Interviews with 30 converts from the 1930s and 1940s are a component of Barry Chevanne's book, a look into the origins and practices of Rastafarianism. From the direct accounts of these early members, he is able to reconstruct pivotal episodes in Rastafarian history to offer a look into a subgroup of Jamaican society whose beliefs took root in the social unrest of the 1930s.
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Reggae, Rastafari, and the Rhetoric of Social Control By Stephen A. King; Barry T. Bays III; P. Renée Foster University Press of Mississippi, 2002
Jamaica in Slavery and Freedom: History, Heritage and Culture By Kathleen E. A. Monteith; Glen Richards University of the West Indies Press, 2002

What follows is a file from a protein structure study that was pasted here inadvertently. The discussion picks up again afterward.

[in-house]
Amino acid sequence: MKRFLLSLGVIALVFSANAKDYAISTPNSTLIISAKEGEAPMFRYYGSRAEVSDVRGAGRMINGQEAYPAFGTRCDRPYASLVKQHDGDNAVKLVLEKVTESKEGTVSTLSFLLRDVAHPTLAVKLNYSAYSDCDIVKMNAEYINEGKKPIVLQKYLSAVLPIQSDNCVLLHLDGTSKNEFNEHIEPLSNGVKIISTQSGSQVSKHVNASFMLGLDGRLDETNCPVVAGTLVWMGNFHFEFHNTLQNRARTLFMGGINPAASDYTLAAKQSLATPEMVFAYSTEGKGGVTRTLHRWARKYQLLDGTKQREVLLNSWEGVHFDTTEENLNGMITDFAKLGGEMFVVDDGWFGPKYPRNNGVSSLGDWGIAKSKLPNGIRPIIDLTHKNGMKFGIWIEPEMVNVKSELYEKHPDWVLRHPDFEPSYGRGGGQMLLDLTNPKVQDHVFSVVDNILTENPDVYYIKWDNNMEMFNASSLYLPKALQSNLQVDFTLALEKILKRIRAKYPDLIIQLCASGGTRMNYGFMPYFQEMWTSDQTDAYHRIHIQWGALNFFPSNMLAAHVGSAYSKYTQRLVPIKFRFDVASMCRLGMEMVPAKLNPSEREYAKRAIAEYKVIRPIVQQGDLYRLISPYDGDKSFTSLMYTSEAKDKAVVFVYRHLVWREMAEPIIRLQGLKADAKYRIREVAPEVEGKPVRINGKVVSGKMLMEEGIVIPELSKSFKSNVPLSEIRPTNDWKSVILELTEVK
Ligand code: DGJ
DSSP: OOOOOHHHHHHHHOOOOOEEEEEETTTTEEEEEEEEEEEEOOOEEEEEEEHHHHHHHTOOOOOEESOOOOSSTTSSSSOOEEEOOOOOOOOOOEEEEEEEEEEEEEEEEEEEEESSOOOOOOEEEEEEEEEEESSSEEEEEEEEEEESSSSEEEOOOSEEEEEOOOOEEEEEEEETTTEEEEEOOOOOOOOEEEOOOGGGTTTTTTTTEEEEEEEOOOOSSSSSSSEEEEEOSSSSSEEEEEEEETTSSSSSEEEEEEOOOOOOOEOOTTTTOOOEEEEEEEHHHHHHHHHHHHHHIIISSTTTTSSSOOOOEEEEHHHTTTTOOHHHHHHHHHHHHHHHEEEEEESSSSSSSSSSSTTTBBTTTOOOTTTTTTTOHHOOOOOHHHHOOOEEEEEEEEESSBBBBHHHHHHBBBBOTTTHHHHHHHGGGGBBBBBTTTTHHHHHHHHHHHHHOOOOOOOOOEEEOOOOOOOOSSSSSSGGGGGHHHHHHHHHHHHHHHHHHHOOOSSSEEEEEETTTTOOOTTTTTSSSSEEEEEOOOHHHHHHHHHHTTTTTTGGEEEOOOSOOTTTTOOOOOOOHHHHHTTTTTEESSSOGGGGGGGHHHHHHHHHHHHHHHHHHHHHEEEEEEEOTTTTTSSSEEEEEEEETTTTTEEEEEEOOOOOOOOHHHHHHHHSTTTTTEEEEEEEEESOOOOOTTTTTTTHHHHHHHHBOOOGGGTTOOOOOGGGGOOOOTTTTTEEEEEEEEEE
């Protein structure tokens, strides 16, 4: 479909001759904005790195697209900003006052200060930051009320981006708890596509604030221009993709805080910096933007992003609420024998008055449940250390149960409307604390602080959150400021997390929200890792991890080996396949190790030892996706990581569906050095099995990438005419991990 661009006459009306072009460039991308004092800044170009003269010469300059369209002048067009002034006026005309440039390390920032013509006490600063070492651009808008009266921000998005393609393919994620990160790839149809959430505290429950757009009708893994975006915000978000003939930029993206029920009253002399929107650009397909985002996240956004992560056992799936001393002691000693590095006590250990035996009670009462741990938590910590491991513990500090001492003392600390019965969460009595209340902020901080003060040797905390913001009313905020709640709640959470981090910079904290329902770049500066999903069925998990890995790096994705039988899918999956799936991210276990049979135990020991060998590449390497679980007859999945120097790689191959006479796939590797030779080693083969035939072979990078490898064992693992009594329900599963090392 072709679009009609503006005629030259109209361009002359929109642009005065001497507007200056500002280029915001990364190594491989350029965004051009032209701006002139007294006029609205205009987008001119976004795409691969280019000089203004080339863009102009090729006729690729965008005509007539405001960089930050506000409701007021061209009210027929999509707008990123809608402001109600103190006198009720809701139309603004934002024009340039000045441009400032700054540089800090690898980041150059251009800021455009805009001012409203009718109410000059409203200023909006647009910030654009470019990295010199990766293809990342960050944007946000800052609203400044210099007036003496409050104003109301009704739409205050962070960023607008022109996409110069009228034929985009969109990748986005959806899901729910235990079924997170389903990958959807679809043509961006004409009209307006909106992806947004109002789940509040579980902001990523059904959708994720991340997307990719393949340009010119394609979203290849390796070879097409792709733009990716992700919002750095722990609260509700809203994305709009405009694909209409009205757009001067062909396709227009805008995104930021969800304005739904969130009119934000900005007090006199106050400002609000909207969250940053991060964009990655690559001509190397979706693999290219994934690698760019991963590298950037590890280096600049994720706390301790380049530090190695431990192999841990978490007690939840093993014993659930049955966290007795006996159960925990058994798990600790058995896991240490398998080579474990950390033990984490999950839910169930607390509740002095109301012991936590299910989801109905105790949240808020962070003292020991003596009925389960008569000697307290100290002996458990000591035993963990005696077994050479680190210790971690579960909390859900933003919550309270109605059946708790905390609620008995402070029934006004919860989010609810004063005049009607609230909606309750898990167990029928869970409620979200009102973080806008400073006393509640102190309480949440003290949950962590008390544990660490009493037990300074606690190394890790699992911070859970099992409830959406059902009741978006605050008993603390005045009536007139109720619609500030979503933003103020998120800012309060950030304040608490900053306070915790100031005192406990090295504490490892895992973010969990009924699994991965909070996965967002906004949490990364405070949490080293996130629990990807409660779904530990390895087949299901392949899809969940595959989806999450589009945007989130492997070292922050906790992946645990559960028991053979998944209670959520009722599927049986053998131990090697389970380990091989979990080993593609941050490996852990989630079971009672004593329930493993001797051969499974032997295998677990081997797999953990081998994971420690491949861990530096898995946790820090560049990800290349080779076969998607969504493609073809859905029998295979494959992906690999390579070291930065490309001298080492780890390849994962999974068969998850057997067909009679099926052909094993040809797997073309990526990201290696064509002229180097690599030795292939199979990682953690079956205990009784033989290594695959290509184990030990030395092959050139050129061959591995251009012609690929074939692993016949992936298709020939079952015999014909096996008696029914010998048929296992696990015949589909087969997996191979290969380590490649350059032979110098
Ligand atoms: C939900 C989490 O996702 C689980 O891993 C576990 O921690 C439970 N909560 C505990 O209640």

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Peer-reviewed publications on Questia are publications containing articles which were subject to evaluation for accuracy and substance by professional peers of the article's author(s).
Reggae, a Force for Dialogue By Ainouche, Linda UN Chronicle, Vol. 49, No. 3, September 2012
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FREE! Jamaica The Columbia Encyclopedia, 6th ed., 2015